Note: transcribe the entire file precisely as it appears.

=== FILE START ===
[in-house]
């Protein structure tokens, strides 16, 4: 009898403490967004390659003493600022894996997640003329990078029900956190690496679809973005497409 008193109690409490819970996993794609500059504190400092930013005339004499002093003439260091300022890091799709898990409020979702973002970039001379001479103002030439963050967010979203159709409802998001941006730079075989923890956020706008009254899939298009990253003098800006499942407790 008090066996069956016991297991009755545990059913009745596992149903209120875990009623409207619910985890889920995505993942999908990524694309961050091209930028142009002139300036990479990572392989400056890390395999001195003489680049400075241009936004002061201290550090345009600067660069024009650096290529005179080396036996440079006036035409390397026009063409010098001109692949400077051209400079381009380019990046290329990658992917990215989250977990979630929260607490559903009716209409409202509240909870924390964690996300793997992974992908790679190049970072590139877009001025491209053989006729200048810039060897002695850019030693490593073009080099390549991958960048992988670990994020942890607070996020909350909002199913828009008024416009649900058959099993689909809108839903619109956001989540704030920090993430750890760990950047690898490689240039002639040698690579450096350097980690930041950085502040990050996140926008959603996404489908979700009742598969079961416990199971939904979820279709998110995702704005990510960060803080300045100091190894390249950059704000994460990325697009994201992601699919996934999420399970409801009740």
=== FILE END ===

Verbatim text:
[in-house]
């Protein structure tokens, strides 16, 4: 009898403490967004390659003493600022894996997640003329990078029900956190690496679809973005497409 008193109690409490819970996993794609500059504190400092930013005339004499002093003439260091300022890091799709898990409020979702973002970039001379001479103002030439963050967010979203159709409802998001941006730079075989923890956020706008009254899939298009990253003098800006499942407790 008090066996069956016991297991009755545990059913009745596992149903209120875990009623409207619910985890889920995505993942999908990524694309961050091209930028142009002139300036990479990572392989400056890390395999001195003489680049400075241009936004002061201290550090345009600067660069024009650096290529005179080396036996440079006036035409390397026009063409010098001109692949400077051209400079381009380019990046290329990658992917990215989250977990979630929260607490559903009716209409409202509240909870924390964690996300793997992974992908790679190049970072590139877009001025491209053989006729200048810039060897002695850019030693490593073009080099390549991958960048992988670990994020942890607070996020909350909002199913828009008024416009649900058959099993689909809108839903619109956001989540704030920090993430750890760990950047690898490689240039002639040698690579450096350097980690930041950085502040990050996140926008959603996404489908979700009742598969079961416990199971939904979820279709998110995702704005990510960060803080300045100091190894390249950059704000994460990325697009994201992601699919996934999420399970409801009740």